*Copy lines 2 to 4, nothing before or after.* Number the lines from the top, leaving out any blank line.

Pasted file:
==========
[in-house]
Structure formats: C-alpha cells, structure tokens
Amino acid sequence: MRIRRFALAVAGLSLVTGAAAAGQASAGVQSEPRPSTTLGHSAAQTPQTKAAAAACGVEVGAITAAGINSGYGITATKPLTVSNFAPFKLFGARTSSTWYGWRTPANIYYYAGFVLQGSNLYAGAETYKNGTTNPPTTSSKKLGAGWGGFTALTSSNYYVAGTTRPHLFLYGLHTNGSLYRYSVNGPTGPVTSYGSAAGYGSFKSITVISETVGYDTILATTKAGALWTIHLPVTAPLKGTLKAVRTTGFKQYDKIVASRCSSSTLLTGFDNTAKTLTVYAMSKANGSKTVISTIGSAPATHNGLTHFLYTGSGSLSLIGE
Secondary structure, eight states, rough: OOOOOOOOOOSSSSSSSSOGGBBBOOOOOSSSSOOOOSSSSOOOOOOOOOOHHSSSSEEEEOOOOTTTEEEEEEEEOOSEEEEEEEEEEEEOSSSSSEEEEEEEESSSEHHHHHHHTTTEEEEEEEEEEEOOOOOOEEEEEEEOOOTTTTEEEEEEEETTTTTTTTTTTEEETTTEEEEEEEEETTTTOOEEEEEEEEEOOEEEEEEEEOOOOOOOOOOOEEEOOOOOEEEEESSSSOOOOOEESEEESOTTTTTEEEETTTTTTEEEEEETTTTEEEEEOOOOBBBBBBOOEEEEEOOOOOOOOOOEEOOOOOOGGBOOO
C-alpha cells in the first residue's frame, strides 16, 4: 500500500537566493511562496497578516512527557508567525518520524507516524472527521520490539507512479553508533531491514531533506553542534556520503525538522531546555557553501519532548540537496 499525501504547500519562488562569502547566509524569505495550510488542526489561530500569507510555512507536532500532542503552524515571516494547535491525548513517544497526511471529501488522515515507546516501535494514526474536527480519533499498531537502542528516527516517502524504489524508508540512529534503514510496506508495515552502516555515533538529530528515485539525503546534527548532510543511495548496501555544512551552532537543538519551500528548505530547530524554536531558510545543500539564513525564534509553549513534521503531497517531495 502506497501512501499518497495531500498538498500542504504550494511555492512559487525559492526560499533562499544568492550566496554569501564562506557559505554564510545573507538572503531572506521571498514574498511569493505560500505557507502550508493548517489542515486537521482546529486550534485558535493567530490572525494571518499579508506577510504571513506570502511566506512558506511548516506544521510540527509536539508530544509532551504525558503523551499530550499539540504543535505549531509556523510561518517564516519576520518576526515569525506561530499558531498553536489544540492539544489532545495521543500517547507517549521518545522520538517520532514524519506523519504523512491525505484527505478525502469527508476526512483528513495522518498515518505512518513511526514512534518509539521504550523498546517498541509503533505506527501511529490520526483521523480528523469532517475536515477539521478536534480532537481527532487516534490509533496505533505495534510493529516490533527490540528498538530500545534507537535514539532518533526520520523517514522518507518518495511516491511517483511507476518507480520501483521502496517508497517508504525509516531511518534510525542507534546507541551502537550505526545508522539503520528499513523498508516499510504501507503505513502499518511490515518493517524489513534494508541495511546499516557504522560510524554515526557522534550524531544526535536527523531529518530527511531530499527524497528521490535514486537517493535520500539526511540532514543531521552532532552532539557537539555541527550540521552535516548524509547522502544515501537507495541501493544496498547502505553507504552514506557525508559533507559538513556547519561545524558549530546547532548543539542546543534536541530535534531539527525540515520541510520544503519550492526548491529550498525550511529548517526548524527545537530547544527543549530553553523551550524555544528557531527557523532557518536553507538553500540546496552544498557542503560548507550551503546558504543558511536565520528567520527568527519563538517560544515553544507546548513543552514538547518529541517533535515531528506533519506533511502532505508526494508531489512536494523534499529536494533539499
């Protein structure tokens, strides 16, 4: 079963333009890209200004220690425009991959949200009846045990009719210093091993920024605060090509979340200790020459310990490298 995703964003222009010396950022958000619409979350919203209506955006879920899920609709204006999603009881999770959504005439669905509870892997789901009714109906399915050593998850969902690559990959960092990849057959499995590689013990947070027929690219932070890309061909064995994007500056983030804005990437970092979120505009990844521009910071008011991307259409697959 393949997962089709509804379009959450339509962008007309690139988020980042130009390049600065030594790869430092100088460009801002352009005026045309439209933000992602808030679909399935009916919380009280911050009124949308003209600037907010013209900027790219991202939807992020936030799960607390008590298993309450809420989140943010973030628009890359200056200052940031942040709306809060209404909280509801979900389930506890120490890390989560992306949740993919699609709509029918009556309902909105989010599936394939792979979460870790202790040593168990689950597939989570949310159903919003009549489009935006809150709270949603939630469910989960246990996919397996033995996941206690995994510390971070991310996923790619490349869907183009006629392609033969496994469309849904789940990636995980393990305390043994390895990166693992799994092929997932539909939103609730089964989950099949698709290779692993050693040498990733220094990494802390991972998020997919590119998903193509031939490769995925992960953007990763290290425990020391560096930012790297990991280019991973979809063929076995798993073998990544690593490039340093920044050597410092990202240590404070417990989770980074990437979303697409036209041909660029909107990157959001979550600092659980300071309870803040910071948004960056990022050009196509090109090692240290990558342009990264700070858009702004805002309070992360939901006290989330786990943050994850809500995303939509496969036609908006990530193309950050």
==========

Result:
Structure formats: C-alpha cells, structure tokens
Amino acid sequence: MRIRRFALAVAGLSLVTGAAAAGQASAGVQSEPRPSTTLGHSAAQTPQTKAAAAACGVEVGAITAAGINSGYGITATKPLTVSNFAPFKLFGARTSSTWYGWRTPANIYYYAGFVLQGSNLYAGAETYKNGTTNPPTTSSKKLGAGWGGFTALTSSNYYVAGTTRPHLFLYGLHTNGSLYRYSVNGPTGPVTSYGSAAGYGSFKSITVISETVGYDTILATTKAGALWTIHLPVTAPLKGTLKAVRTTGFKQYDKIVASRCSSSTLLTGFDNTAKTLTVYAMSKANGSKTVISTIGSAPATHNGLTHFLYTGSGSLSLIGE
Secondary structure, eight states, rough: OOOOOOOOOOSSSSSSSSOGGBBBOOOOOSSSSOOOOSSSSOOOOOOOOOOHHSSSSEEEEOOOOTTTEEEEEEEEOOSEEEEEEEEEEEEOSSSSSEEEEEEEESSSEHHHHHHHTTTEEEEEEEEEEEOOOOOOEEEEEEEOOOTTTTEEEEEEEETTTTTTTTTTTEEETTTEEEEEEEEETTTTOOEEEEEEEEEOOEEEEEEEEOOOOOOOOOOOEEEOOOOOEEEEESSSSOOOOOEESEEESOTTTTTEEEETTTTTTEEEEEETTTTEEEEEOOOOBBBBBBOOEEEEEOOOOOOOOOOEEOOOOOOGGBOOO